The new novel tells the story of a white cop murdered by a black militant who uses the nom de guerre, Nat X. Nat X proclaims that there’s a war on black people, and cops are the enemy. He does murder a policeman early in the story, then entices a teenager to shoot another one, and the remainder of the book is about bringing him to justice.

In some respects, this book is the antithesis of Don Winslow’s The Force, also about black-white relations in New York City as they collide within the criminal justice system. In Winslow’s book, corruption is rampant; in Tanenbaum’s, aside from three vigilante cops, duly punished, the police, the investigators, and the prosecutors are models of probity. Their solid ideals are revealed in unrealistic lengthy statements, more like essays than realistic conversations.

If these editorial opinions were confined to one or two characters, you might accept that they reflect a particular character’s point of view and bombastic communications style, but they also appear in the narration, which becomes indistinguishable from the characters’ “good citizenship” and “flaws in the system” lectures.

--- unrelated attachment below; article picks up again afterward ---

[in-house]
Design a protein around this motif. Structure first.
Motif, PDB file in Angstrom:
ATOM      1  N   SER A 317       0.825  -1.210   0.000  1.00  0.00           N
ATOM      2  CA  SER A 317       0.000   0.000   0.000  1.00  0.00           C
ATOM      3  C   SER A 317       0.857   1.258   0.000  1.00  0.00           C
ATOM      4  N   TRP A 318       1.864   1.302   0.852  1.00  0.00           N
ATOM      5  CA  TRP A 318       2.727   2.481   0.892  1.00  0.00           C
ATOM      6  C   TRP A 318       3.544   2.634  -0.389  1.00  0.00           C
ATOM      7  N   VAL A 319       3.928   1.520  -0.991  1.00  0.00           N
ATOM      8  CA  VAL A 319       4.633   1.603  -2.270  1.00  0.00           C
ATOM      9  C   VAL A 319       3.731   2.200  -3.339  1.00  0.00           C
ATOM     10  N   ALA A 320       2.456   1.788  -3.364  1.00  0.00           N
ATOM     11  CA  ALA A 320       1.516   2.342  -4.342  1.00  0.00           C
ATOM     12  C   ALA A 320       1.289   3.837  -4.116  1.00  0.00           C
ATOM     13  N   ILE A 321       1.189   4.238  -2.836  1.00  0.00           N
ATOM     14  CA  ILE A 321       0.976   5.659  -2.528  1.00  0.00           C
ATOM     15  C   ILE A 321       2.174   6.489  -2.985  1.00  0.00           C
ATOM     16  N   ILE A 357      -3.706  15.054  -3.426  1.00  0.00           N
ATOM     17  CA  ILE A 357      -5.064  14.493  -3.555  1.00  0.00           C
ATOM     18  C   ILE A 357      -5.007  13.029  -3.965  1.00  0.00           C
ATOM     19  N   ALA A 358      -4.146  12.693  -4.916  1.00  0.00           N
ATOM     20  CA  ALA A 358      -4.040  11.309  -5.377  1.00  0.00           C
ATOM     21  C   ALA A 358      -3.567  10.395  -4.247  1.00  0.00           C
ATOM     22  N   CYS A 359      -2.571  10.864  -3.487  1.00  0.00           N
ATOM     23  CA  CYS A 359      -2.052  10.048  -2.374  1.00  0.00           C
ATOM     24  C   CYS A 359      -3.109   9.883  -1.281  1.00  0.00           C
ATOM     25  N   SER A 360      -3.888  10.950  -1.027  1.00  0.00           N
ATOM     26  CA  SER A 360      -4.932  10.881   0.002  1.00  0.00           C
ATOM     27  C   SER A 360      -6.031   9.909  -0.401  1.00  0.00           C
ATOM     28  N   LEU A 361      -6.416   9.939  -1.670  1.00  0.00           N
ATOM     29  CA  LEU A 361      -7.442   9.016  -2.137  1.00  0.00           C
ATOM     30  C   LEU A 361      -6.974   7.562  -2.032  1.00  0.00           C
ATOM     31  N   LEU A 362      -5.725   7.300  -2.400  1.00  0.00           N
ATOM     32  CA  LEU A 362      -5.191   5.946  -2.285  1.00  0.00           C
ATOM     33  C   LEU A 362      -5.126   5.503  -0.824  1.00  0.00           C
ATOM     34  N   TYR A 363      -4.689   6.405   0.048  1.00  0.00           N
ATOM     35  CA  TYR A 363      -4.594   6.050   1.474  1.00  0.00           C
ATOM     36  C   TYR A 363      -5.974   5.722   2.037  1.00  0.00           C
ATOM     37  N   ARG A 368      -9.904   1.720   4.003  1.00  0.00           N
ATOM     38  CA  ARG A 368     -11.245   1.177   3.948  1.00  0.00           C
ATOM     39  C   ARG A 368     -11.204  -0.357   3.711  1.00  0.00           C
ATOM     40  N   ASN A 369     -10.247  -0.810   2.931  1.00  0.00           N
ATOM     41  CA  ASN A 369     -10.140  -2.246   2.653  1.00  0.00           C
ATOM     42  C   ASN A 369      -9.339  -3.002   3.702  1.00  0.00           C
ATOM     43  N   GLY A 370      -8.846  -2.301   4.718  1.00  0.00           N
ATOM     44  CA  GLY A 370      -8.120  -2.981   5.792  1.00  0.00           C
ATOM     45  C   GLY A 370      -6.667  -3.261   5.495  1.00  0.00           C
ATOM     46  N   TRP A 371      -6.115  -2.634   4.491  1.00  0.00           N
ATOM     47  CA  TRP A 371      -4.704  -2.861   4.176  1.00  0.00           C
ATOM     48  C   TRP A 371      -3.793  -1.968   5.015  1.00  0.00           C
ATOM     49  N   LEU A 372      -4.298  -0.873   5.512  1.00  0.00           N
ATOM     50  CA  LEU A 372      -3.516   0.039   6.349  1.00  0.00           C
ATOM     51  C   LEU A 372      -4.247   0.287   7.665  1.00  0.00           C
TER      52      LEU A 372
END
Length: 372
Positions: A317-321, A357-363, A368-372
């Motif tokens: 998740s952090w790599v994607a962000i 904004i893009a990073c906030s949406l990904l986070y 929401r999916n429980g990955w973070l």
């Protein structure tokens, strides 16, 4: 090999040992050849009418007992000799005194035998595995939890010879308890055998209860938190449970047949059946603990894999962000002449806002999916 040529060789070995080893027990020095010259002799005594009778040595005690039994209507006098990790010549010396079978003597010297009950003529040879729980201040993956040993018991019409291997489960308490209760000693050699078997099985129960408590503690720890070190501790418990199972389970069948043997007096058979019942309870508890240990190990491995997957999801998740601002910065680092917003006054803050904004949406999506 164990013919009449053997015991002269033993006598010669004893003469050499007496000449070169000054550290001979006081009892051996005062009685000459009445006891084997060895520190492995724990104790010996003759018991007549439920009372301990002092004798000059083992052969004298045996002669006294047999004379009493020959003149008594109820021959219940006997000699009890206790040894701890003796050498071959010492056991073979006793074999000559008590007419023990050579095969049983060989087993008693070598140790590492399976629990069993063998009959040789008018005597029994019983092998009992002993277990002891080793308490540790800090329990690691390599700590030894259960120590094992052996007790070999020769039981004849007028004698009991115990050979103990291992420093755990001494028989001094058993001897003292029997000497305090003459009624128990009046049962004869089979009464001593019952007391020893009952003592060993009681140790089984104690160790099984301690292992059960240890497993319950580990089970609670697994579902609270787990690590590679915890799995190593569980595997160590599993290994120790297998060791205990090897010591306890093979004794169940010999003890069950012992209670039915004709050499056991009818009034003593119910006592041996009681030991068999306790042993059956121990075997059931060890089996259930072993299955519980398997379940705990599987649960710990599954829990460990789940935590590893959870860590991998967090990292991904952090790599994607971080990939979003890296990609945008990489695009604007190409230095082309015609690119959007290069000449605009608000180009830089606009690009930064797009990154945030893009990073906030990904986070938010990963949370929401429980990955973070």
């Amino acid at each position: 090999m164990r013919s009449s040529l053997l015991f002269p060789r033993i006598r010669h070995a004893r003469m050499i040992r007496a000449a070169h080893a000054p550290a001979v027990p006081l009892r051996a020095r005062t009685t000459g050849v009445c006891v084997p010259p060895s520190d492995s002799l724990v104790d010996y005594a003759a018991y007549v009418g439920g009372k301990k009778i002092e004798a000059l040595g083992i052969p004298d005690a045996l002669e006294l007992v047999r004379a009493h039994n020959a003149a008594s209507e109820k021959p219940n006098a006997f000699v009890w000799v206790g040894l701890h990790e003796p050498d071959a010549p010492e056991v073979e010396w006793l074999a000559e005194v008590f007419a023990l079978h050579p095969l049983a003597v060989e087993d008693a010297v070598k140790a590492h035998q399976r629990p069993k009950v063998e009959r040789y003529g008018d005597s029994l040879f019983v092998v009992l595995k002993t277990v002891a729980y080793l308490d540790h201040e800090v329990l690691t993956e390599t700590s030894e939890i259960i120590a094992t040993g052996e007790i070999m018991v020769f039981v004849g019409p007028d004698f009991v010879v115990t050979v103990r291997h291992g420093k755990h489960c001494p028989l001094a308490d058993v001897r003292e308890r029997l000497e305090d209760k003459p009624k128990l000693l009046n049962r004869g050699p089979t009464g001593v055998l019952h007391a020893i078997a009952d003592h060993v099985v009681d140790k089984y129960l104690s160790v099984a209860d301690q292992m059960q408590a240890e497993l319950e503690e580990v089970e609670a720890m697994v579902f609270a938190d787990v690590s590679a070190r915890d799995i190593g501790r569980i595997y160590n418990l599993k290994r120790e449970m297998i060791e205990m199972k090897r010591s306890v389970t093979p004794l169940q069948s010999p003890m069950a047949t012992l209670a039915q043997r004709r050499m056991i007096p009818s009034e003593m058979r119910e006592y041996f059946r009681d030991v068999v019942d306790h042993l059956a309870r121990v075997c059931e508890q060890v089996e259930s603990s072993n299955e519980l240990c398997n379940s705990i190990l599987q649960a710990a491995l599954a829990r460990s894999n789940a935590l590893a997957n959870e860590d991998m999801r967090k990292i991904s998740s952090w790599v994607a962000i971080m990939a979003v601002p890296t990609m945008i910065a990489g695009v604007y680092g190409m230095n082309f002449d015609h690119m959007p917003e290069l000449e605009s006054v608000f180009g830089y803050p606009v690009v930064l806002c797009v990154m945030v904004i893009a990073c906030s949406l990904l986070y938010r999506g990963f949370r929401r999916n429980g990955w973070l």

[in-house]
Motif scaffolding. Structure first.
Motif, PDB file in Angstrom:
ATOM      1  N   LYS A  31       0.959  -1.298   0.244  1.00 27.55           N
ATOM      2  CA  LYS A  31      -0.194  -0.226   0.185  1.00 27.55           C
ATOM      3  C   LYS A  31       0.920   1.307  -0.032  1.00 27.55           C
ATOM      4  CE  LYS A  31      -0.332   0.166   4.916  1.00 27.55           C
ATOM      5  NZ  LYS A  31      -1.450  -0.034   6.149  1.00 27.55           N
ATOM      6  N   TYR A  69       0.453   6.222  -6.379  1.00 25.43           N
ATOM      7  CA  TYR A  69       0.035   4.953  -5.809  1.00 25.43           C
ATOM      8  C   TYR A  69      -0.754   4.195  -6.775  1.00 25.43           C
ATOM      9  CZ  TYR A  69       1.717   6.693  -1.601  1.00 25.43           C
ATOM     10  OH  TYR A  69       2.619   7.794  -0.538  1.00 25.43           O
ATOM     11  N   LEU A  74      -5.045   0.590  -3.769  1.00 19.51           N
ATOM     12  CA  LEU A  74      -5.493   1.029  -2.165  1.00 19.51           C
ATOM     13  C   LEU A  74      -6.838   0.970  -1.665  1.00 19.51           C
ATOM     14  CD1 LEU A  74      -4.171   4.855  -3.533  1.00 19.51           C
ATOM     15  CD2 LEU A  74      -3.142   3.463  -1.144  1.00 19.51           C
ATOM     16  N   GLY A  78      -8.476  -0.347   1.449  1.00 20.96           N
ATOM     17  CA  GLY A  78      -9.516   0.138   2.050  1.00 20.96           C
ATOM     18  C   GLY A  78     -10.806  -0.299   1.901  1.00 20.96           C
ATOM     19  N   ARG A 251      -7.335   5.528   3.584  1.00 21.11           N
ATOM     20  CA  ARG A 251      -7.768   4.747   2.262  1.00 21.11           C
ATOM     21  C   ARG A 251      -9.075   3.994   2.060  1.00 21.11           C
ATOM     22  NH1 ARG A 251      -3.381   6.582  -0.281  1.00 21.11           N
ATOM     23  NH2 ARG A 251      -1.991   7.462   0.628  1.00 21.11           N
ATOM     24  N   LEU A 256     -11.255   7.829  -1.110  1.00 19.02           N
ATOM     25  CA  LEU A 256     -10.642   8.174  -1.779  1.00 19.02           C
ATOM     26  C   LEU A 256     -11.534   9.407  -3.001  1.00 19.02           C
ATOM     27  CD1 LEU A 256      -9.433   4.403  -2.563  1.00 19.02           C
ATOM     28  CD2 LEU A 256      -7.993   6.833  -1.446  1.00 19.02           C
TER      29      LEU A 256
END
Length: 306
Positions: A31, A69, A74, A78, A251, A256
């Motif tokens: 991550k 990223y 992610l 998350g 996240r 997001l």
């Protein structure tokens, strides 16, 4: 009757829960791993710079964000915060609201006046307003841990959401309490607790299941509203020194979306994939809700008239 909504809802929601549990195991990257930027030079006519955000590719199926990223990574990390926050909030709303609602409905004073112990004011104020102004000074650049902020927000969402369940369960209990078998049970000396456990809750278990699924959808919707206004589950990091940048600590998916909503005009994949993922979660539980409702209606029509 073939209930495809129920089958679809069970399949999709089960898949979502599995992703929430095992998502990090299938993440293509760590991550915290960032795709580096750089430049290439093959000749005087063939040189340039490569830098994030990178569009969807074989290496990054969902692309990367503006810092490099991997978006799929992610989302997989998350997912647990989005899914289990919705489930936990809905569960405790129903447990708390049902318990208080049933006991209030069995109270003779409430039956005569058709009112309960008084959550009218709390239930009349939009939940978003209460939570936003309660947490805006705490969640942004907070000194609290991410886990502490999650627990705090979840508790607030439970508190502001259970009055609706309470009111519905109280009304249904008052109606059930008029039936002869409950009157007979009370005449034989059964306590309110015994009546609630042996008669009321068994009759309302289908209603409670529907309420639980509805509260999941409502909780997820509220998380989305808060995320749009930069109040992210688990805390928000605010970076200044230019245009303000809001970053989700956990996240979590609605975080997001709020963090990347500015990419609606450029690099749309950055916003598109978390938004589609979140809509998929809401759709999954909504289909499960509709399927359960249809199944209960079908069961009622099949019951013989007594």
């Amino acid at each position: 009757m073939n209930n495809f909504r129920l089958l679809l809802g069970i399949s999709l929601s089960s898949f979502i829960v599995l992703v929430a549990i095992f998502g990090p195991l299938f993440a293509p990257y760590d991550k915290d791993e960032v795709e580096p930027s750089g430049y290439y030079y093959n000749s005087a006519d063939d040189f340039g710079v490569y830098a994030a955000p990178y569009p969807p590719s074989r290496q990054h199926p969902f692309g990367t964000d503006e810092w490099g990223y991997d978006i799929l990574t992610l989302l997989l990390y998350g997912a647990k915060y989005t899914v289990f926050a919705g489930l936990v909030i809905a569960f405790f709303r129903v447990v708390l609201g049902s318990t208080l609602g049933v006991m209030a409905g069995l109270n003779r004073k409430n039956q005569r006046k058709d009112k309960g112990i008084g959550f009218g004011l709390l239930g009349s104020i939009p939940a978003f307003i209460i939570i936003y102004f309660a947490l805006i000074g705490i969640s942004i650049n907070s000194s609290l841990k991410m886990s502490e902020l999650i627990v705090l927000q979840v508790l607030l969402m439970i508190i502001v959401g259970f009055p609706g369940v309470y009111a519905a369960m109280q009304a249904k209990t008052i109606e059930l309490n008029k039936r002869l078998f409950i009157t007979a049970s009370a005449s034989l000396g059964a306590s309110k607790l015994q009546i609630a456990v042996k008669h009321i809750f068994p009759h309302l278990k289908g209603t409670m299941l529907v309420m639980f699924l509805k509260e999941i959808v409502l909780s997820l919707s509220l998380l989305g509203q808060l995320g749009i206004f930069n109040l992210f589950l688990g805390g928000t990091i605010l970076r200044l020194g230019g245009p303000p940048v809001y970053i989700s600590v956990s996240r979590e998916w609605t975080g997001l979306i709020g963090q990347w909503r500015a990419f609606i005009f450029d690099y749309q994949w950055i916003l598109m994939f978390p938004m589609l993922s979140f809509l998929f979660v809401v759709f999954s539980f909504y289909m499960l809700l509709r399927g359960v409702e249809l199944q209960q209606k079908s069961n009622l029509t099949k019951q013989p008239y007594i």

In addition to constant editorializing, the writer has a bad habit of introducing a bolus of superficial backstory every time a new character is introduced. It doesn’t explore the individual at all, and you’re left to apply whatever assumptions you may have about someone described as a product of “only the finest prep schools.”

Unsurprisingly, the story is loaded with clichés and stereotyped and cardboard characters. Perhaps most puzzling are the courtroom scenes of Nat X’s trial. I wonder whether Tanenbaum even read them. The defense attorney is not a worthy adversary for protagonist Karp, which greatly undercuts the tension of the trial. Not to mention that her deceptive behavior might well subject her to an ethics investigation.

Instead, How About . . .

If you like legal thrillers, you may find more believable courtroom drama in Steve Cavanagh’s The Liar or The Plea or Brad Parks’s recent Say Nothing. Or, come to Richardson Auditorium on October to hear John Grisham, Wednesday October 25, 2017, 4:30 p.m. Tickets on sale at the Auditorium website at noon October 19.